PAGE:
Behaviours of Innovative People in Organisations: A Conceptual Study

Behaviours of Innovative People in Organisations: A Conceptual Study

Dr. A. V. N. Murty, Dr. K. Madhusudhan Rao, Dr. P. Balaram Babu



During economic downturns, innovation is the single most important condition for transforming the crisis into an opportunity. However, current evidence indicates that organizations need to understand how to identify the characteristics and behaviors of innovative people and consequently, how to promote and encourage innovative working within organizations; as such, the purpose of this article is to present the basis for organizational culture along with other determinants that influence creativity and innovation of employees of an organization. The relationship between creativity, innovation and other determinants are being discussed in this context. The determinants discussed here are Employee attraction, Employer reputation and brand; Culture for innovation, Recruitment strategies, and the role of social networks in knowledge sharing etc., that encourages innovation, and open communication. The influence of each determinant on creativity and innovation is discussed.

Innovation is critical for organizational long-term prosperity and growth, particularly in dynamic markets. Given the current economic turbulence and increasing global competition, an organization’s ability to innovate is regarded not only as vital for success, but often a requisite for mere survival.

This present article aims to develop an integrative framework to understand the characteristics and behaviors of innovative people in organizations. The characteristics and behaviors associated with innovative people in organizations are immense, in both magnitude and diversity. As a result, there has been a lack of a cohesive theoretical understanding of how individual creativity and innovation operate in organizations. A key aim of this article is to develop an integrative framework to understand the characteristics and behaviors of innovative people in organizations. the biggest challenge today is not finding or hiring cheap workers, but rather hiring individuals with the brainpower (both natural and trained) and especially the ability to think creatively. There is now a general recognition that the innovative potential of an organization resides in the knowledge, skills, and abilities of its employees.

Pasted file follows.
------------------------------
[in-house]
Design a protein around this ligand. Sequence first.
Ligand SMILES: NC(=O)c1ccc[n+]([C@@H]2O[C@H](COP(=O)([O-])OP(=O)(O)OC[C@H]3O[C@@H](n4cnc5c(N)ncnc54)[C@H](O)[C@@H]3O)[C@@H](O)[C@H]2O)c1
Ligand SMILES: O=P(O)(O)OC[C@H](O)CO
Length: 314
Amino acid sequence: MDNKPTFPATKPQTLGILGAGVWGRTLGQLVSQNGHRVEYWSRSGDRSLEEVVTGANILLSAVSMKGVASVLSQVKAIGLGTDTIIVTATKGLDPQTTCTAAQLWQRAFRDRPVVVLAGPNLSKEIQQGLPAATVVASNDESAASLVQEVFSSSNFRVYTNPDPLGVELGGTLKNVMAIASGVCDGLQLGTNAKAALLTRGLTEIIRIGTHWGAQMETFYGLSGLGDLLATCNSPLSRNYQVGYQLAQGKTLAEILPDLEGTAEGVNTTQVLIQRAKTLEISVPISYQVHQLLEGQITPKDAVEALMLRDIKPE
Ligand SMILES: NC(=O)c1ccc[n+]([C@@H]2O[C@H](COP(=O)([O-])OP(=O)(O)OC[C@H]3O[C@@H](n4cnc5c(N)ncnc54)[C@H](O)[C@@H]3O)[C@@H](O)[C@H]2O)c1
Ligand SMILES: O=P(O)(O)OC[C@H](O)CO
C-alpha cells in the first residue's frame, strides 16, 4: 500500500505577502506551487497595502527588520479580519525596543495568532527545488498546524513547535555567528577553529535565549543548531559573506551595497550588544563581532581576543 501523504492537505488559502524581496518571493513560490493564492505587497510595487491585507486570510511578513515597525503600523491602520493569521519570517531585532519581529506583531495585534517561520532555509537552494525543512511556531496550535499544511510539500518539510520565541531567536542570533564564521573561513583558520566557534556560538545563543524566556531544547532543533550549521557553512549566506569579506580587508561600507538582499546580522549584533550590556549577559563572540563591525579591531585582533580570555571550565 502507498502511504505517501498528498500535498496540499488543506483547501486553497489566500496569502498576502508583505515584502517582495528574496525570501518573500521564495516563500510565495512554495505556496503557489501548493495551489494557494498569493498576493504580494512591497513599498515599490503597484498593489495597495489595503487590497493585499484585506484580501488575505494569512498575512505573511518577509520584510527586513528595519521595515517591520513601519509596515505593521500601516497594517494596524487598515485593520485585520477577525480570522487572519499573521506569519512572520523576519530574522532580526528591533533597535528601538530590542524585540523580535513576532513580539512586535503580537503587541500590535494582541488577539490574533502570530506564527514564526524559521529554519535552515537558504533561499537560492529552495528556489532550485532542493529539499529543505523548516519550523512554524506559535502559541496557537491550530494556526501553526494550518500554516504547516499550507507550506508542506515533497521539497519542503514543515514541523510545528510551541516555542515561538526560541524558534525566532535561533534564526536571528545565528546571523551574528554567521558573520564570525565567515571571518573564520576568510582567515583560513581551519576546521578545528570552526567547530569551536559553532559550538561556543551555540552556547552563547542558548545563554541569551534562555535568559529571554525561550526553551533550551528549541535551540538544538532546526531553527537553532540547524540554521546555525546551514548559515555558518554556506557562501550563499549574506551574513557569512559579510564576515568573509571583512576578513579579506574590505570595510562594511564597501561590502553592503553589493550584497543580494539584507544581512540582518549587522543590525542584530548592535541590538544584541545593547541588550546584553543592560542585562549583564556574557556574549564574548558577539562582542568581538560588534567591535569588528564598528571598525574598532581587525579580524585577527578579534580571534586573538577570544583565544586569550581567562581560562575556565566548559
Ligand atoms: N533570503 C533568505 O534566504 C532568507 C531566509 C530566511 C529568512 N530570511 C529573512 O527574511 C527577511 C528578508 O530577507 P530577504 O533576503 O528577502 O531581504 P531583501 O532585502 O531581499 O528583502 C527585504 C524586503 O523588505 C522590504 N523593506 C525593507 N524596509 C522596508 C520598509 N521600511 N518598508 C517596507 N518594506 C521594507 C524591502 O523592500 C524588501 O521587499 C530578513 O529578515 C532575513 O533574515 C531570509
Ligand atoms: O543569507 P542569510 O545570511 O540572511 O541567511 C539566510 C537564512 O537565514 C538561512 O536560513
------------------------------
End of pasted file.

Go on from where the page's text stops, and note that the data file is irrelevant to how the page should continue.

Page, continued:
Finally, it is identified in many studies that mobilizing human resources as one of the most important barriers to innovation. Specifically, organizations indicated that problems with skill levels (managerial skills particularly) and motivation hampered innovation.



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